When Rainey first started, the logistics (adding phone lines, bad connections) of getting on the air from small gymnasiums across the state could be daunting. “It’s come a long way,” Williams recalled. “Myron, who used to change tires at Indiana Petroleum, was up to the task and has worked very well.”

What a journey for the 1970 Shawswick graduate. He called the 1983 girls state championship, the unforgettable ‘90 boys title with Bailey’s heroics in the final game, the four-overtime thriller with Jeffersonville in the 1999 sectional at Seymour, countless other games. They become a blur after so many years, but the memories and relationships remain.

The media spot above the northeast corner of BNL Fieldhouse has been named in Rainey’s honor.

“Each and every one of the state championship games, those are paramount in your mind,” Rainey said. “Some of the ballgames you truly forget, some of the names you forget, but it’s the outside things, the thousand little things you remember. Those are the things down through the years.”

How many miles as Rainey driven? Countless. He does know it’s exactly 72 miles from his driveway to Johnson Arena in Jeffersonville, and he likely knows the exact number to several other usual destinations (plus all the best places to eat along the way) on the BNL schedule.

“The first few years, 72 miles is fun,” said Rainey, now 67 years old. “Now that seems like 172. After a while, it gets weary being of the road. I would just like to kick back and relax, not worry about where I have it be when I wake up in morning. We broadcast five ballgames (two BNL boys and three with the girls in the sectional at Jennings County) this past week. I wake up and wonder what day it is and where we have to be. Maybe now I will reintroduce myself to my wife. But it’s been a ton of fun.”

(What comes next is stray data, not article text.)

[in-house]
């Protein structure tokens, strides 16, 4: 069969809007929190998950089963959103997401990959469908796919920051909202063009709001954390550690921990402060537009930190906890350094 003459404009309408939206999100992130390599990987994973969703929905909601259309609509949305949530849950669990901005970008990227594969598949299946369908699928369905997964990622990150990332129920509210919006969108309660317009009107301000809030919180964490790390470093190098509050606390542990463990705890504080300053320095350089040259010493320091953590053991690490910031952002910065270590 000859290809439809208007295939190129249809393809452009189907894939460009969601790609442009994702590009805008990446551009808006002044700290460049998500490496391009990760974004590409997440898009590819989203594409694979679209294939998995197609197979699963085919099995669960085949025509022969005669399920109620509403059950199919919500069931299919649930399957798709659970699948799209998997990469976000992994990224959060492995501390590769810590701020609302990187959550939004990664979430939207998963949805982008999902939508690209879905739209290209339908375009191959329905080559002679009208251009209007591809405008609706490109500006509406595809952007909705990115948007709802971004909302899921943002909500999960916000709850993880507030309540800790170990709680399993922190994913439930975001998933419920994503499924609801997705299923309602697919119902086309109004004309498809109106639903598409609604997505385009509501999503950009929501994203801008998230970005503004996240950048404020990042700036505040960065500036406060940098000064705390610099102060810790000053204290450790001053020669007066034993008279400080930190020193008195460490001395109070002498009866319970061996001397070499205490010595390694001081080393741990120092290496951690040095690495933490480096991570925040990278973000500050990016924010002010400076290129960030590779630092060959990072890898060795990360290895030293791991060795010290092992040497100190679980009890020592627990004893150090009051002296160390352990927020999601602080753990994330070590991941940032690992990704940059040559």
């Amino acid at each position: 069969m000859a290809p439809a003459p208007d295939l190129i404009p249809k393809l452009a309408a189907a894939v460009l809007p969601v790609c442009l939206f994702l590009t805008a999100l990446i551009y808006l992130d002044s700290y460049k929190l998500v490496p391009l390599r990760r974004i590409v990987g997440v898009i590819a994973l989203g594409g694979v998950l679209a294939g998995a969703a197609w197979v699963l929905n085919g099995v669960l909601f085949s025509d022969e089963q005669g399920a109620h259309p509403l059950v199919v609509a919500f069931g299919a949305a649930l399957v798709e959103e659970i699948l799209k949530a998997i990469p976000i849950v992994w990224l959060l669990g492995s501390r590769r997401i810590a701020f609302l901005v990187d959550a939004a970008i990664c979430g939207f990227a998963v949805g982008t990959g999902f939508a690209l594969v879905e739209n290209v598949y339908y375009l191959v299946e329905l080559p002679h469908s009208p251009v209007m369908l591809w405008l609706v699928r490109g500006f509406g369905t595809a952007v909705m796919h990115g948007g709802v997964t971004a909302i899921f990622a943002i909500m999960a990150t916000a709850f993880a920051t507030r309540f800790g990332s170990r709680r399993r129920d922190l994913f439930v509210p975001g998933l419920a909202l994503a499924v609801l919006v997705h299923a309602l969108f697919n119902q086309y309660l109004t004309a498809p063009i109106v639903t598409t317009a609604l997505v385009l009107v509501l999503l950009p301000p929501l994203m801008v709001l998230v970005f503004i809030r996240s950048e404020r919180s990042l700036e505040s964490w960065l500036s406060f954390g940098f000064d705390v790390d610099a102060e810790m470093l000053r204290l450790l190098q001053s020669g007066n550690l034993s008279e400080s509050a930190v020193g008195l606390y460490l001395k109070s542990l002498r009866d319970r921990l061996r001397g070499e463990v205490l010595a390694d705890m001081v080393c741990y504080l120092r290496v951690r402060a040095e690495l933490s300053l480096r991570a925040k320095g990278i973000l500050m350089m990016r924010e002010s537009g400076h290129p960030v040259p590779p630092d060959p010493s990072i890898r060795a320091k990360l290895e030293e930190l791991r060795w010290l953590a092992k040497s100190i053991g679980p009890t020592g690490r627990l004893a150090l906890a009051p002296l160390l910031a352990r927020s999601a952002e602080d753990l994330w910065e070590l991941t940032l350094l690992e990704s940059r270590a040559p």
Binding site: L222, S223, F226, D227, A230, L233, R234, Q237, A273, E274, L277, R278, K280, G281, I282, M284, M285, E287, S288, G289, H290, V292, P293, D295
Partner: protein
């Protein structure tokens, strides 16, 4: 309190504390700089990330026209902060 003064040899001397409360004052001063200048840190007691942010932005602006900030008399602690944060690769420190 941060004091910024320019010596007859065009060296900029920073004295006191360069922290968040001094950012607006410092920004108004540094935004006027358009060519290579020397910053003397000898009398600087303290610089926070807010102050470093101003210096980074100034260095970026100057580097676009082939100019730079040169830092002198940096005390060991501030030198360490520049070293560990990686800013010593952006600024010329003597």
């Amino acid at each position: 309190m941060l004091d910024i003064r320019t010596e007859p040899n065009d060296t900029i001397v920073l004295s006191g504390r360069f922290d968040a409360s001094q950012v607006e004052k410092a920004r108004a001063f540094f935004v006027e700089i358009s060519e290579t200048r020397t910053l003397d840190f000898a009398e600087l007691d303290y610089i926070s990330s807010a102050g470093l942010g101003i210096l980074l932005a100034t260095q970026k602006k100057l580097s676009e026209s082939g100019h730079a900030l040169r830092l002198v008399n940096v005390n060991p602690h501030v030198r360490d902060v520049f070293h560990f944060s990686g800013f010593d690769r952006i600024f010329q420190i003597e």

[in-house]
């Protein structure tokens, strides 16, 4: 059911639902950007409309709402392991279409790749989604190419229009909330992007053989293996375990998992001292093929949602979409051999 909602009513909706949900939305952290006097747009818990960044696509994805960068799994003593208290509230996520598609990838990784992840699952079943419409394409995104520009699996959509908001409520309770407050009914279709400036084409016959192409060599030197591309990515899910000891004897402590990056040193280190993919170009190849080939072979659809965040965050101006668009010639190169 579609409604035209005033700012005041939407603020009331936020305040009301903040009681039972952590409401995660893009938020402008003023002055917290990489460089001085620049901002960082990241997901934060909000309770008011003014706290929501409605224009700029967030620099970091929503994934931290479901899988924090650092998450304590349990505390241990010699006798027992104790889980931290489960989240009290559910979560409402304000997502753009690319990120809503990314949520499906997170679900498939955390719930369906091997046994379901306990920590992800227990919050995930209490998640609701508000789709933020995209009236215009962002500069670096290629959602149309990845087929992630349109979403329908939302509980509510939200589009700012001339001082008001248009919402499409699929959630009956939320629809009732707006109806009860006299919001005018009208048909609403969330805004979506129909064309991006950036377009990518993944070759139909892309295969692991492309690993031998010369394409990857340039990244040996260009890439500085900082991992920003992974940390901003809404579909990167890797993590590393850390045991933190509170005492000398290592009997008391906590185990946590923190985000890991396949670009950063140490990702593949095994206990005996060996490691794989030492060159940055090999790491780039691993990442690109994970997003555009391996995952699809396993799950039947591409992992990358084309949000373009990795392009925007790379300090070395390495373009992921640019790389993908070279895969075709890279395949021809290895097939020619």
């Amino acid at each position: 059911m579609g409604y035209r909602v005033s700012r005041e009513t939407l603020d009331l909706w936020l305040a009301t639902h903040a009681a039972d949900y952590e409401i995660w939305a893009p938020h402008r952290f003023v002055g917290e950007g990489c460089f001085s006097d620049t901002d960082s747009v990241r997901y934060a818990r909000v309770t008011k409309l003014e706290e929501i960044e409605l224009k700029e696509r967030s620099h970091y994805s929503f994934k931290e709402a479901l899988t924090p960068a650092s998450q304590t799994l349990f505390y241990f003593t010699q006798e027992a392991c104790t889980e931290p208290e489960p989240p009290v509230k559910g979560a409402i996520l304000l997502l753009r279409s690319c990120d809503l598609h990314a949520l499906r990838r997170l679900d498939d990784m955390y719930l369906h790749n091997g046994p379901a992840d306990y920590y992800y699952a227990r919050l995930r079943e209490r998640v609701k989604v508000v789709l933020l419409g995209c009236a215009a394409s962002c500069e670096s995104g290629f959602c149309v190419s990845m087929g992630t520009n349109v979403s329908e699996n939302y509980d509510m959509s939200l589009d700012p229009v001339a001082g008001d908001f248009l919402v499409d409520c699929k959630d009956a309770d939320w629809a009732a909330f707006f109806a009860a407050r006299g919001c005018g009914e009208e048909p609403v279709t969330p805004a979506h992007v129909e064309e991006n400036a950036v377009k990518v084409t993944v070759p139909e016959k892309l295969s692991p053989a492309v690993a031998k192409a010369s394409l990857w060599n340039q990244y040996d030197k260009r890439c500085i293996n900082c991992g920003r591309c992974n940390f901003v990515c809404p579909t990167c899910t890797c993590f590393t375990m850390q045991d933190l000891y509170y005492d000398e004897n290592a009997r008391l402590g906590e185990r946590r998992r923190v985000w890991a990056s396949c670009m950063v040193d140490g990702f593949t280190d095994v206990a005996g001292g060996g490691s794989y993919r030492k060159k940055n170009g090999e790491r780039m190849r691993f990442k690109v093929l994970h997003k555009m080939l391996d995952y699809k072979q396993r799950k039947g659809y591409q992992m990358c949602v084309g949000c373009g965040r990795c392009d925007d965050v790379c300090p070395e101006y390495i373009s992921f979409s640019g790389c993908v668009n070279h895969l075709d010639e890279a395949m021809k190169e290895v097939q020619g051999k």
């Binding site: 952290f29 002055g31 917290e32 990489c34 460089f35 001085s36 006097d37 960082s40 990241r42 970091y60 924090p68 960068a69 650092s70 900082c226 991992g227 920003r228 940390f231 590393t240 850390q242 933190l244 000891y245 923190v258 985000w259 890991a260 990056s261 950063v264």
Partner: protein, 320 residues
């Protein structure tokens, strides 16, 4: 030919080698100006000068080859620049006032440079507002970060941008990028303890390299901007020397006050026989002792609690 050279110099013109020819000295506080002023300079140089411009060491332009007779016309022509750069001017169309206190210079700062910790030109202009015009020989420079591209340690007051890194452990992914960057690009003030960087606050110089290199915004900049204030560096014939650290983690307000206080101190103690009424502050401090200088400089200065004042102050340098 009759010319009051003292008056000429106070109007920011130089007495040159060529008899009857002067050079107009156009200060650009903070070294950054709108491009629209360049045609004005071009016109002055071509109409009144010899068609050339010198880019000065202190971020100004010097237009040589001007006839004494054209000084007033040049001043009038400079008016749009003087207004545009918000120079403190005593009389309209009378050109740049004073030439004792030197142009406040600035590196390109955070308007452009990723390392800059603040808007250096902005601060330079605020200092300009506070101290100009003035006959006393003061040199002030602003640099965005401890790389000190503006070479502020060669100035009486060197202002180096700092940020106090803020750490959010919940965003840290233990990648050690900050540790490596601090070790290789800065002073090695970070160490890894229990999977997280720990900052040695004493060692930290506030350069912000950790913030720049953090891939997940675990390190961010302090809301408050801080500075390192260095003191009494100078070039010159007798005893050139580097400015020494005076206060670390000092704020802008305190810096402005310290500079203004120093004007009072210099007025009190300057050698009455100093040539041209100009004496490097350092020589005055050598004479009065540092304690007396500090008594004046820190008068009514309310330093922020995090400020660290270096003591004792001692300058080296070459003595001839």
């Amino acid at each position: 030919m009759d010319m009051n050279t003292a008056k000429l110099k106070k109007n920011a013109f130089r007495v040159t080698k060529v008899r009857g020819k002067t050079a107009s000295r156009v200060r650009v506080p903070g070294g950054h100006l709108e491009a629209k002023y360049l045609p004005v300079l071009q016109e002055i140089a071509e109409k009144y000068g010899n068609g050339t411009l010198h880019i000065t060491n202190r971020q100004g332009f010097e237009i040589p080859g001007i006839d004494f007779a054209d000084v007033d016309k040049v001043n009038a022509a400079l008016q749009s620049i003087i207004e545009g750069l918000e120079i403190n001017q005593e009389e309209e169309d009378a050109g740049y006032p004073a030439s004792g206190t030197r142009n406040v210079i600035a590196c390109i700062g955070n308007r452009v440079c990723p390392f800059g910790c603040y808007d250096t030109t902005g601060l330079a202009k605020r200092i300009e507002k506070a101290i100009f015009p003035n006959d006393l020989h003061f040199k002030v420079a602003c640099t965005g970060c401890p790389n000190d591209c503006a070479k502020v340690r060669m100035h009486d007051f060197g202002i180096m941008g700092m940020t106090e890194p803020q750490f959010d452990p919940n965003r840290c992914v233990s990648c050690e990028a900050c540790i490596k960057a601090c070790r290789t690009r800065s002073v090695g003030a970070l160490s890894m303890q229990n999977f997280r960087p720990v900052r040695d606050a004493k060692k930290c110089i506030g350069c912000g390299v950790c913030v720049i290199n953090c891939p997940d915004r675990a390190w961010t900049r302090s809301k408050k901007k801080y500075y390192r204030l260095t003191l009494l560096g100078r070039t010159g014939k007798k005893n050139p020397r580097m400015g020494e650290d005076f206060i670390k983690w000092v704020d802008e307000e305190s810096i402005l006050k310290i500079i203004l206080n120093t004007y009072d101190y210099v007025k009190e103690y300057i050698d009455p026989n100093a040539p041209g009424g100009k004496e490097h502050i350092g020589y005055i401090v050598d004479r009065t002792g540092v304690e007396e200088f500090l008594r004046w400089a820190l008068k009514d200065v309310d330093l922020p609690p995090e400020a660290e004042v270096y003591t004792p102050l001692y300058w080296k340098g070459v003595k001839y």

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Rainey and current sidekick Steve Pinnick are known for their critiquing style when it comes to calling the action and letting the audience know how the game officials are doing.

“John and Al were unabashed homers,” Rainey said. “I try to temper my thoughts, try to temper my comments if at all possible. My buddy Steve makes no bones about it. But they are our kids out there, and if we see something not quite right, we’re not ashamed to say something.”

What will he do now? Possibly work as the public address announcer, which seems to be a logical fit. He will retire from the public airwaves with his own personal booth above the northeast corner of BNL Fieldhouse, and he’ll be forever enshrined in the Hall.

“I couldn’t believe it,” Rainey said. “That was a big surprise. I’m blessed to have that. I’m thankful.”

His peers are pleased with his addition to the Hall.

“I have treasured my friendship with the ‘Rain Man,’” said veteran Columbus broadcaster and ISSA board member Sam Simmermaker. “For decades, he’s been a shining star in the BNL galaxy. He’s a Hall of Famer in every sense of the word. Speaking as a member of the board, he was a slam-dunk selection.”